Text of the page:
FCF-BTS vs. TopList (Impr%) 46.53 48.19 47.32 59.99
FCF 0.21310.01128 0.21240.01044 0.21270.01086 0.13280.00745
FCF-BTS 0.20010.00523 0.20030.00502 0.20010.00512 0.12110.00456
FCF-Random 0.11590.00487 0.11530.00479 0.11560.00482 0.06090.00218
TopList 0.07550.00233 0.07550.00232 0.07550.00232 0.03630.00139
FCF-BTS vs. FCF (Diff%) 6.12 5.69 5.93 8.8
FCF-BTS vs. FCF-Random (Impr%) 72.64 73.6 73.1 98.85
FCF-BTS vs. TopList (Impr%) 164.88 165.14 164.93 233.44
FCF 0.11080.00314 0.11210.00438 0.11100.00339 0.04960.00286
FCF-BTS 0.10590.00379 0.10570.00386 0.10590.00380 0.04610.00264
FCF-Random 0.02940.00259 0.02960.00281 0.02940.00263 0.01020.00112
TopList 0.10020.00067 0.10030.00046 0.10030.00063 0.04180.00044
FCF-BTS vs. FCF (Diff%) 4.43 5.71 4.67 7.1
FCF-BTS vs. FCF-Random (Impr%) 260.06 256.1 259.32 352.46
FCF-BTS vs. TopList (Impr%) 5.67 5.32 5.58 10.39
Table 4: A detailed analysis of the 90% payload reduction for the recommendation performance degradation (loss of accuracy). The values denote the mean ± standard deviation of the test set recommendation performance across 3 rounds of model rebuild. “Diff (%)" represents the relative percentage differences in the performance of the proposed FCF-BTS model compared to the upper-bound performance achievable by FCF (Original). “Impr (%)" refers to the relative percentage improvements in the performance of the proposed FCF-BTS model in comparison to the FCF-Random (Baseline) and TopList recommendations. Notably, FCF-BTS consistently outperforms both of the baseline methods including FCF-Random (Baseline) and TopList. With a 4%–8% loss in accuracy, FCF-BTS closely matches the performance of FCF (Original) when it comes to highly sparse datasets (Last-FM and MIND).

Lastly, for the MIND dataset, the performance of FCF-BTS closely matched the performance achievable by the FCF (Original) model. The relative differences in precision, recall, F1 and MAP metrics were 4.43%, 5.71%, 4.67% and 7.1% respectively, which are small compared to the performance differences given by FCF-Random (Baseline). FCF-BTS significantly outperformed FCF-Random (Baseline) with 260.06%, 256.1%, 259.32% and 352.46% higher precision, recall, F1 and MAP metrics, respectively. In contrast to the performance of TopList, FCF-BTS demonstrates incremental increases in precision (5.67%), recall (5.32%), F1 (5.58%) and MAP (10.39%).

Next, we demonstrated that the proposed FCF-BTS method converges on the optimum and closely matches the solution that is achieved by FCF (original) for the sparse dataset (Last-FM and MIND). Figure 3 shows that FCF (Original) reached the optimal solution between FL iterations in all three datasets. For the Last-FM and MIND datasets, we observed that the FCF-BTS method converges on the optimal solution between , thus requiring additional iterations to get close to the upper-bound optimal solution as shown in Figure 3. This is typically expected in any form of optimization method that uses part of the whole model (fewer parameters) in each iteration. Most importantly, it validates the fact that FCF-BTS converges on the optimal solution while using only 10% of the model payload, compared to the naive FCF-Random (baseline) method. In the Movielens dataset, we realized that FCF-BTS converges on the optimum in iterations similar to FCF (Original). However, the differences in performance are relatively large compared to the Last-FM and MIND datasets. Nevertheless, Figure 3 illustrates the convergence stability of FCF-BTS across the three datasets up to 1,000 FL iterations similar to the FCF (Original) method’s convergence. In summary, our rigorous analysis confirms that the FCF-BTS solution closely matches the FCF (Original) method’s optimal solution for sparse datasets, although at a different rate. The results summarize that with a loss in the recommendation accuracy of (for highly sparse datasets) in comparison to the standard FCF method, FCF-BTS makes it possible to utilize a smaller payload (reduction up to 90%) in FL model training.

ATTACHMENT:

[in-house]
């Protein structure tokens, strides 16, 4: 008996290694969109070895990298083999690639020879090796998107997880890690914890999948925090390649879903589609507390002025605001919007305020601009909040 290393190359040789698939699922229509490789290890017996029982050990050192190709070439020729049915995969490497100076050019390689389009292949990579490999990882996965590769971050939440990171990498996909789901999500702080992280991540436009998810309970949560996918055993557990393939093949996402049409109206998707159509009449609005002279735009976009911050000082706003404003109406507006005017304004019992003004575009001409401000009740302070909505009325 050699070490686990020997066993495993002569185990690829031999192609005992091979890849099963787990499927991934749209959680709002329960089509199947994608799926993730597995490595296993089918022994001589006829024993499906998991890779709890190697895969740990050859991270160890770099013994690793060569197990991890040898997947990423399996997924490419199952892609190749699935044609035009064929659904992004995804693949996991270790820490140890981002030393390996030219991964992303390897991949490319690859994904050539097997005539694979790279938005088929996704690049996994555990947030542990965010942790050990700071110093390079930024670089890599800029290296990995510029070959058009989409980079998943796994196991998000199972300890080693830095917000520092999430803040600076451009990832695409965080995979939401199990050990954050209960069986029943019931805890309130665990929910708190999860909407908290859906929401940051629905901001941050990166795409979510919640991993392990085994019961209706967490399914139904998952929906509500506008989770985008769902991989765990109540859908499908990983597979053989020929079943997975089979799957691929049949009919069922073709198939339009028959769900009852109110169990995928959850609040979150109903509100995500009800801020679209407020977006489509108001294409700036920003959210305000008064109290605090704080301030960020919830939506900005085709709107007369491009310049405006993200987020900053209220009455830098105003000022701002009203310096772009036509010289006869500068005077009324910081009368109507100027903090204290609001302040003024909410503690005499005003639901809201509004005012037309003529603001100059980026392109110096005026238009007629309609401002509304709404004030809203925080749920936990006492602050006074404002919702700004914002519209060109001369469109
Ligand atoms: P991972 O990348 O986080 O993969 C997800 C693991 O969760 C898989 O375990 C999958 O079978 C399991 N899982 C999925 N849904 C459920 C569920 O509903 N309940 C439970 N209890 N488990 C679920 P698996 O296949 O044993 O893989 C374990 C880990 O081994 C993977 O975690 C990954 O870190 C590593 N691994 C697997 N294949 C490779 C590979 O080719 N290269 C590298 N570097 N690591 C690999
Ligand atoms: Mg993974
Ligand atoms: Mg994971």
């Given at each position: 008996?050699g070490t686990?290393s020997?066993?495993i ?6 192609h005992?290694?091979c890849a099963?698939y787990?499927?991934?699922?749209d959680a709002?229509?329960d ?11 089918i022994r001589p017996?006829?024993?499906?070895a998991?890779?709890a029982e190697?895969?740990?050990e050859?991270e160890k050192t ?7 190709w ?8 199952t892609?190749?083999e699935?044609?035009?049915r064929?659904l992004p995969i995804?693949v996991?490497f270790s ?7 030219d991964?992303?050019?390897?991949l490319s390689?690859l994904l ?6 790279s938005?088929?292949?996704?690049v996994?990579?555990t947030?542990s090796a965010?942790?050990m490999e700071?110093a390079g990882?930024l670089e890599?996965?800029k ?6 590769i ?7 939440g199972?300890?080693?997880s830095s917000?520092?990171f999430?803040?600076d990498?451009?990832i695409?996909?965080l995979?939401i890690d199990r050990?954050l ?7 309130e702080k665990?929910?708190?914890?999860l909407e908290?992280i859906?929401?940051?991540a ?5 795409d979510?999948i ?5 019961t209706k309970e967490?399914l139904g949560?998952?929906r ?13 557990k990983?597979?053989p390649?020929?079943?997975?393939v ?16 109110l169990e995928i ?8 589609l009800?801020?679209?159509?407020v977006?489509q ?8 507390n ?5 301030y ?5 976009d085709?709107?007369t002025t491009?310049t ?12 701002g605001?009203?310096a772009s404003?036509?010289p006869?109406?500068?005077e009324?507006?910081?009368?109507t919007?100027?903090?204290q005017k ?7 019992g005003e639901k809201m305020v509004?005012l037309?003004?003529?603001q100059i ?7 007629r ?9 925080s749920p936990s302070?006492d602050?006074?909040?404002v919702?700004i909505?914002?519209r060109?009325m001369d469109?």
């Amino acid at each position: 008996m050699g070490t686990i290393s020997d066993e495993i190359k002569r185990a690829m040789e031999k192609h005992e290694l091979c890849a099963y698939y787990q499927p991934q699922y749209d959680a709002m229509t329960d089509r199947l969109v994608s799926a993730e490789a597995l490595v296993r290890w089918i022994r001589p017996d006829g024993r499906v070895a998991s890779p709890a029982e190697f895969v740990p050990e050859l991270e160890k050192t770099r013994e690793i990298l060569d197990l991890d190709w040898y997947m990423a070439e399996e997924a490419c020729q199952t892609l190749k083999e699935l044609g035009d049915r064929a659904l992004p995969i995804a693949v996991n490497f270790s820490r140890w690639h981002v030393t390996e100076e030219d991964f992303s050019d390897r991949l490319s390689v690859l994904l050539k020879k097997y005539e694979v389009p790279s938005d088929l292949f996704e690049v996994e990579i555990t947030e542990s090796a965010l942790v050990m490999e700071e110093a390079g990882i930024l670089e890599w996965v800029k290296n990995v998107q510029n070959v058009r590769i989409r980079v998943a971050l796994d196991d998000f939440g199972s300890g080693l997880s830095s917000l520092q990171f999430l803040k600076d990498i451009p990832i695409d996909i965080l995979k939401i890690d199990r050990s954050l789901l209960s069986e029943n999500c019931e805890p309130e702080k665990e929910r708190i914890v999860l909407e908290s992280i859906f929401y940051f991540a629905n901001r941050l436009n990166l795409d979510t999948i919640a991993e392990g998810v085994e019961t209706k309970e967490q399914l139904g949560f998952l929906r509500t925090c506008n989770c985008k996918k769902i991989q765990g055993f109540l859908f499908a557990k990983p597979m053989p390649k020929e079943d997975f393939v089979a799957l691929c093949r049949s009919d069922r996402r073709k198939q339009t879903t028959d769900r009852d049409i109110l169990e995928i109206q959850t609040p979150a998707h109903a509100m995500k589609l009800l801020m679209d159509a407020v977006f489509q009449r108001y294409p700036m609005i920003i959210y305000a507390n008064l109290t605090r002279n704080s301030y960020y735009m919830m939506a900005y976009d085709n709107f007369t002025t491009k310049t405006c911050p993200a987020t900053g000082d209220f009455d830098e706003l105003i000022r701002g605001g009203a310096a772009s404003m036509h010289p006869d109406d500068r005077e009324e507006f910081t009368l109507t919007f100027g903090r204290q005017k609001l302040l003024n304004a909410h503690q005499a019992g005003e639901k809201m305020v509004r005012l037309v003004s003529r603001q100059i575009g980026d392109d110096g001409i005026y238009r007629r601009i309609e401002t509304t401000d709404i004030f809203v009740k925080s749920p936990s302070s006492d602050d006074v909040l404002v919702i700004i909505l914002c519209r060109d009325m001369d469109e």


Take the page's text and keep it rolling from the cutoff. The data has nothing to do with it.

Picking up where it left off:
Figure 3: Convergence analysis of the proposed FCF-BTS method in a 90% payload reduction scenario. X-axis shows the FL iterations. The Y-axis represents the performance metric values. For each FL iteration, we took the average of the previous ten metric values to account for the biases originating from the user’s unequal test set distributions. Each line denotes the average test set recommendation performance across 3 rounds of model rebuilds. In iterations, FCF-BTS converges to the best performance, which is close to FCF (Original) for the sparse dataset (Last-FM and MIND), while minimizing the payload by up to 90%.

8 Conclusion

In this study, we tackled the challenge of increasing payloads faced by FRS if deployed in a real-world situation. The requirement to move huge model payloads between the FL server and the user over several training rounds is neither practical nor feasible for a RS operating in production. We introduced an optimization method that addresses the payload challenge by selecting part (smaller payload) of the global model to be transmitted to all users. The selection process was guided by a bandit model optimizing a novel reward policy suitable for FRS. The proposed method was rigorously tested on three benchmark recommendation datasets and the empirical results demonstrate that our method consistently performed better compared to the simpler and naive optimization approaches. Our method achieved a 90% reduction in payload with a minimal loss of recommendation performance from 4% to 8% in highly sparse datasets. In addition, our method yielded a performance comparable to TopList with a 95% payload reduction in two out of three datasets. The results establish that the bandit-based payload optimization can provide a similar quality of recommendation without increasing the computational cost for the user’s devices when participating in the FRS, particularly in production.

In future work, we intend to extend the current research work in multiple directions. We have presented the payload optimization of the standard FCF to demonstrate a proof-of-concept. It would be interesting to investigate whether similar results will be achieved in the context of larger datasets and far more recent and advanced FRS methods qi2020privacy; 10.1007/978-3-030-67661-2_20. In this study, we empirically validated the usefulness of the proposed optimization method. A key next step would be to study the theoretical properties reflecting upon the convergence guarantees and regret bounds for the novel reward function.


This work was supported by Helsinki Research Center, Europe Cloud Service Competence Center, Huawei Technologies Oy (Finland) Co. Ltd.